Korean Language Instruction
We offer two years of Korean language instruction (4 semesters) that allow students to complete their World Languages requirement in Korean. For a description of the first- and second-year courses, you can find information here. Third-Year Korean is also available for students interested in taking additional courses beyond the GE requirement.
Korean is spoken natively by around 80 million people living on the Korean peninsula and by large groups in the United States, Japan, China, and Russia as a heritage language. Because of its economic success and the spread of South Korean popular cultures, an ever-increasing number of non-Koreans worldwide are learning Korean as a foreign language.
Hangeul, The Korean Alphabet
The Korean Alphabet, Hangeul [한글] , was created by King Sejong the Great in 1446, and the first Korean alphabet was proclaimed under the name Hunminjeongeum [훈민정음, 訓民正音], which literally meant "the correct sounds for the instruction of the people." When first proclaimed by King Sejong in 1446, Hangeul had 28 letters, of which only 24 are in use today. Four letters are not being used any more. The 24 letters still in use are as follows:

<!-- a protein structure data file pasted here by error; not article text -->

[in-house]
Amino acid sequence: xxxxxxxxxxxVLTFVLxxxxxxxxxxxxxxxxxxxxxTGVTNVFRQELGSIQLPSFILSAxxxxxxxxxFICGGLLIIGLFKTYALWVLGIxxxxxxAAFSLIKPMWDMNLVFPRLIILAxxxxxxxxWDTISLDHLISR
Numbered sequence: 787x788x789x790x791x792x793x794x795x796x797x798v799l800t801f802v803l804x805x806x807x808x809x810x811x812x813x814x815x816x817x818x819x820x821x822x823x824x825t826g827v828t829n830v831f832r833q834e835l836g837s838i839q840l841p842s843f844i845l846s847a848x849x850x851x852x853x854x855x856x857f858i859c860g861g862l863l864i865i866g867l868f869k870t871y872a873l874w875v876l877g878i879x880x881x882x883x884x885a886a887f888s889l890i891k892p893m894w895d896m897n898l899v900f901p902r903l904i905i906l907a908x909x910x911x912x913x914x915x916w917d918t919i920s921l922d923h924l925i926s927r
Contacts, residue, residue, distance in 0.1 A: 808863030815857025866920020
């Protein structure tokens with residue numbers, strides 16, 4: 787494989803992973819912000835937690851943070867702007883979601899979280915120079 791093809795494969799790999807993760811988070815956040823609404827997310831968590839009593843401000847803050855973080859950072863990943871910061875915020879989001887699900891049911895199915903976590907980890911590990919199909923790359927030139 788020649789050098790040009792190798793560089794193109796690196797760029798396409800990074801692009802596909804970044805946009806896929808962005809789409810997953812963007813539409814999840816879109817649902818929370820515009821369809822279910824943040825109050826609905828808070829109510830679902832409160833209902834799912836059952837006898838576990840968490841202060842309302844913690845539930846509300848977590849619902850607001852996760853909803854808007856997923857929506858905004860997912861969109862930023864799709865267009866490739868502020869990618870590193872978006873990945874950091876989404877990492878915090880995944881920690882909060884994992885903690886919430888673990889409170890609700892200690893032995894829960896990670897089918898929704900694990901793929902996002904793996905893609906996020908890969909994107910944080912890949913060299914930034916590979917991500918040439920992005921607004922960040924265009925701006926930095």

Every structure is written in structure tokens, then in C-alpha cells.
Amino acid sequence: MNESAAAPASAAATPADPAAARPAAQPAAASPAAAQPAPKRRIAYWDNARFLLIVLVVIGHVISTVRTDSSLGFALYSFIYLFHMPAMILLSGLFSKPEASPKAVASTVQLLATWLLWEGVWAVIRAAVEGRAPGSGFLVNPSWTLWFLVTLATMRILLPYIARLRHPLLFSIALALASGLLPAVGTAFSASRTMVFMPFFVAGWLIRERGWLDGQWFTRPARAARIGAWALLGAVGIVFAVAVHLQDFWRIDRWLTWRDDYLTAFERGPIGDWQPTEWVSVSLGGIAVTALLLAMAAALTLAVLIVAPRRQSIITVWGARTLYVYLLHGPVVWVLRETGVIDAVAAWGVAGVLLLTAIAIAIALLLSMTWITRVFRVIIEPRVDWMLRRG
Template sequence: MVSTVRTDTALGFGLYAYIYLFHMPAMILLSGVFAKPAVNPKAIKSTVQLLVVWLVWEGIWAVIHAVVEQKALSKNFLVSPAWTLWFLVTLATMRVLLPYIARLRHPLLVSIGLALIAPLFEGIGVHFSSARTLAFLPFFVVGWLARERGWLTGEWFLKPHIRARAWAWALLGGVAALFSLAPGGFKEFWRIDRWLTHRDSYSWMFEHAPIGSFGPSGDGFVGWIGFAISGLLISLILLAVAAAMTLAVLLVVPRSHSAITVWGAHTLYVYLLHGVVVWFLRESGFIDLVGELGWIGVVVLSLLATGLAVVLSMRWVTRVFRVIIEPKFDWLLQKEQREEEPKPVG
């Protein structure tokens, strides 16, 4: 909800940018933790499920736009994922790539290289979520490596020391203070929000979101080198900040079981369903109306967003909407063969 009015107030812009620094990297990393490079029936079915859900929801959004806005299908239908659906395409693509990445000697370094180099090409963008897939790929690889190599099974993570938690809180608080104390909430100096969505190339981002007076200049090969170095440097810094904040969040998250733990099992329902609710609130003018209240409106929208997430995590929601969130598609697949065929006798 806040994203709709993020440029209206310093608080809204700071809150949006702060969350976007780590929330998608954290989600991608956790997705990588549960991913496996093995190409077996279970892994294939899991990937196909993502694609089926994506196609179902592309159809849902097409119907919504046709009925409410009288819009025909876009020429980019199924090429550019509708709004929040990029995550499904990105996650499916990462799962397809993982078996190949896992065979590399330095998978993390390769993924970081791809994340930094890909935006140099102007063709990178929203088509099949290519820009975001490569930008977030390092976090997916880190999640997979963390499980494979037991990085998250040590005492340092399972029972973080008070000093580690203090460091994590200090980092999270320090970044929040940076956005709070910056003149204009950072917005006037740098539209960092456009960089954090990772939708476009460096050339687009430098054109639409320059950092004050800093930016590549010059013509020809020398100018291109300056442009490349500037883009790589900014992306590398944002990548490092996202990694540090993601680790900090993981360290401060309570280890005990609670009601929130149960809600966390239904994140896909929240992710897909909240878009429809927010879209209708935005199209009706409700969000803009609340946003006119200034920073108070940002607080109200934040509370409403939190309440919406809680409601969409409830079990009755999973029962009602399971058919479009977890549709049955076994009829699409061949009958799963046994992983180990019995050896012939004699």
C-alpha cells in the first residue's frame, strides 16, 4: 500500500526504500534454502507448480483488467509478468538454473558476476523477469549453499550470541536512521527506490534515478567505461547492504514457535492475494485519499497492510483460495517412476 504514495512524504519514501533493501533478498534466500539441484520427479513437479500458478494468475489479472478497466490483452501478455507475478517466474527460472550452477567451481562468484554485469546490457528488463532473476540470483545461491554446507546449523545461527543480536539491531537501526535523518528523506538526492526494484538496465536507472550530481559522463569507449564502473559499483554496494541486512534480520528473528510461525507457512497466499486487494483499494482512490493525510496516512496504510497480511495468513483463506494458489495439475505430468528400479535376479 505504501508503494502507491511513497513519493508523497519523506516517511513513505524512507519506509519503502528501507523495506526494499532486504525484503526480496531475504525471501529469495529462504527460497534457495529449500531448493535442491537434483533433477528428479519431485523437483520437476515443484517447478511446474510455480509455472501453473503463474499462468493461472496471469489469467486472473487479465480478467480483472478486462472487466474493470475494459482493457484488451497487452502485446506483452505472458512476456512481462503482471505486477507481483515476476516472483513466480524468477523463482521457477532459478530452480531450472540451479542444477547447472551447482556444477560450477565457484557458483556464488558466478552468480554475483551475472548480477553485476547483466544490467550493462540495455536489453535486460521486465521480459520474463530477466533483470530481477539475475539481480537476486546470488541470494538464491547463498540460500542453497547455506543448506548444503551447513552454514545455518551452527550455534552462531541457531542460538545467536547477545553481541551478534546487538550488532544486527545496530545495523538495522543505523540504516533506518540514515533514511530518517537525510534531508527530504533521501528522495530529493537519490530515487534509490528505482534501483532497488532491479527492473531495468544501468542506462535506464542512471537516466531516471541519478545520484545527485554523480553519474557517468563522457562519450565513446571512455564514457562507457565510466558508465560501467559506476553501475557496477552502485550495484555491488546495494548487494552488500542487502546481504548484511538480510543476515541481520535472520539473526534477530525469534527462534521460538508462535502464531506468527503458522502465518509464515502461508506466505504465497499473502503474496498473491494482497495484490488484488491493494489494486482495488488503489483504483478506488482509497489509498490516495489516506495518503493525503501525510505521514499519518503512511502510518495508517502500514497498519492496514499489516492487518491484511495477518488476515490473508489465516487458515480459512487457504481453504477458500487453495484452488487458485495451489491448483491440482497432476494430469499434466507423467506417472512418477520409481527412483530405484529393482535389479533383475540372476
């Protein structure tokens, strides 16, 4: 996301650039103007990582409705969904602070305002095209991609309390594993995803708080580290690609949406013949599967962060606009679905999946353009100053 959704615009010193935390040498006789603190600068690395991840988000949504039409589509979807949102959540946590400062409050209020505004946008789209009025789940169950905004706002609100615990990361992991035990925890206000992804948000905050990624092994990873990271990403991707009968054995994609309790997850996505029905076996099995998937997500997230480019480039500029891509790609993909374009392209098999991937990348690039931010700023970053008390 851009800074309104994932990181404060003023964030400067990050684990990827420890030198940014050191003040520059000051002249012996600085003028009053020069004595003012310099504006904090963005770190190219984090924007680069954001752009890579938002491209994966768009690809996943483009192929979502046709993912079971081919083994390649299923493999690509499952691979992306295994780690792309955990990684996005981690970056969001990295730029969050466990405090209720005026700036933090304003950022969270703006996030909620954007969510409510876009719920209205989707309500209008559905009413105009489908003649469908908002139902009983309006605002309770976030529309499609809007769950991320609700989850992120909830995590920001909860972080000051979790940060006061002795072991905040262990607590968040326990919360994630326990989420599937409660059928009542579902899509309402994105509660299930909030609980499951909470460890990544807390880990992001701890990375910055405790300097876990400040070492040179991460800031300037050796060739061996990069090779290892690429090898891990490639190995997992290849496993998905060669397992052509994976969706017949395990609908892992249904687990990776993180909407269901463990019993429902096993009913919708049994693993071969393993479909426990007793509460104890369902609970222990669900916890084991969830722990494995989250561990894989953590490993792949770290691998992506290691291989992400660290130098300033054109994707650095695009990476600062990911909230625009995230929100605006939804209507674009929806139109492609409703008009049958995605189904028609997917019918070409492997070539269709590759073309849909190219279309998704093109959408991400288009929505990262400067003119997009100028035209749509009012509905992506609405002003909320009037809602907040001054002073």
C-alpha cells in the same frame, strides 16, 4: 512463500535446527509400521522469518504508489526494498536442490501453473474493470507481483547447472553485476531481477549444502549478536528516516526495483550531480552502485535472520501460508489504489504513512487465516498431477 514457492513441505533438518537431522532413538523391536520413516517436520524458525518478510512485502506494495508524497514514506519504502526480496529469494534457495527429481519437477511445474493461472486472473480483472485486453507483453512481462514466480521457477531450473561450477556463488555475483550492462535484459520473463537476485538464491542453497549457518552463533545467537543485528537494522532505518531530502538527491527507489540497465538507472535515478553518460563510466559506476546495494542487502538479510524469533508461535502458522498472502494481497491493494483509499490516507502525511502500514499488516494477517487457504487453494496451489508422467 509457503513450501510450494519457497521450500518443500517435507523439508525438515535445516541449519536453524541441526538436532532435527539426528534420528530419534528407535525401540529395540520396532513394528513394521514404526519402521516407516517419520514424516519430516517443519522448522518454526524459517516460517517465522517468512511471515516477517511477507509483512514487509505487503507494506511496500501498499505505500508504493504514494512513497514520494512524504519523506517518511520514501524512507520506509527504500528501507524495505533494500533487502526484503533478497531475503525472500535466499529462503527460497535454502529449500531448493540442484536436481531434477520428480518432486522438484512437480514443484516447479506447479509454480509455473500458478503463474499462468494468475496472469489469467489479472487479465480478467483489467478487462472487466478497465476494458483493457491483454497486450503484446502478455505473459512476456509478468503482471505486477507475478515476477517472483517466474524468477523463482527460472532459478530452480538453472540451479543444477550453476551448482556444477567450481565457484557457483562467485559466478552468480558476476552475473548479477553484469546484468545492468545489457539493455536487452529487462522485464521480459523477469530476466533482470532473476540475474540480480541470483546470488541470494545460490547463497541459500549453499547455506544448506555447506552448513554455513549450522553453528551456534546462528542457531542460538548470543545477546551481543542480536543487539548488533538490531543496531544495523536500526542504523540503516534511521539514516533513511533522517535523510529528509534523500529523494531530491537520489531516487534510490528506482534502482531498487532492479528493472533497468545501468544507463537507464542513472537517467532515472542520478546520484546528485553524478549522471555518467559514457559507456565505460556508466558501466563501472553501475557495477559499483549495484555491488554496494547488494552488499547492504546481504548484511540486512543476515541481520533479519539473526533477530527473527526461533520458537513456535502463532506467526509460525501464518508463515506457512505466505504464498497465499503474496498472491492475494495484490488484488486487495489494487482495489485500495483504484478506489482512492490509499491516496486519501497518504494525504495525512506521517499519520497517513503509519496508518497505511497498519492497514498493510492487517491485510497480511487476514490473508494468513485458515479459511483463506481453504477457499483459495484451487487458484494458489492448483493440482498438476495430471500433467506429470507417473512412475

ㄱ (g, k), ㄴ (n), ㄷ (d, t), ㄹ (r, l), ㅁ (m), ㅂ (b, p), ㅅ (s),
ㅇ (ng), ㅈ (j), ㅊ (ch), ㅋ (k), ㅌ (t), ㅍ (p), ㅎ (h)
ㅏ (a), ㅑ (ya), ㅓ (eo), ㅕ (yeo), ㅗ (o), ㅛ (yo), ㅜ (u), ㅠ (yu), ㅡ (eu), ㅣ (i)
Hangeul [한글], which consists of the 10 vowels and 14 consonants presented above, can be combined to form numerous syllables with initial, medial, and/or final phonemes, and to represent any sounds. It is simple yet systematic and comprehensive, and is considered one of the most scientific writing systems in the world by many linguists. Hangeul is easy to learn and type, is an important part of Korean cultural heritage, and has greatly contributed to Korea’s high literacy rate.
According to the documentary film Hangeul, the Birth of Great Letters [한글, 위대한 문자의 탄생], produced for the Anniversary of Korean Writing Day, "For linguists, Korea is a fascinating country in two aspects. First, it was the first country to invent the printing press. In fact, the printing press was used in Korea 200 years before it was made in Gutenberg, Germany. Another aspect is Hangeul, the Korean writing system. With exceptional phonetic markings, it was created by the determination of a Korean King Sejong the Great, in the 15th century. This phenomenal system was methodically developed and represents one of the finest alphabets existing today."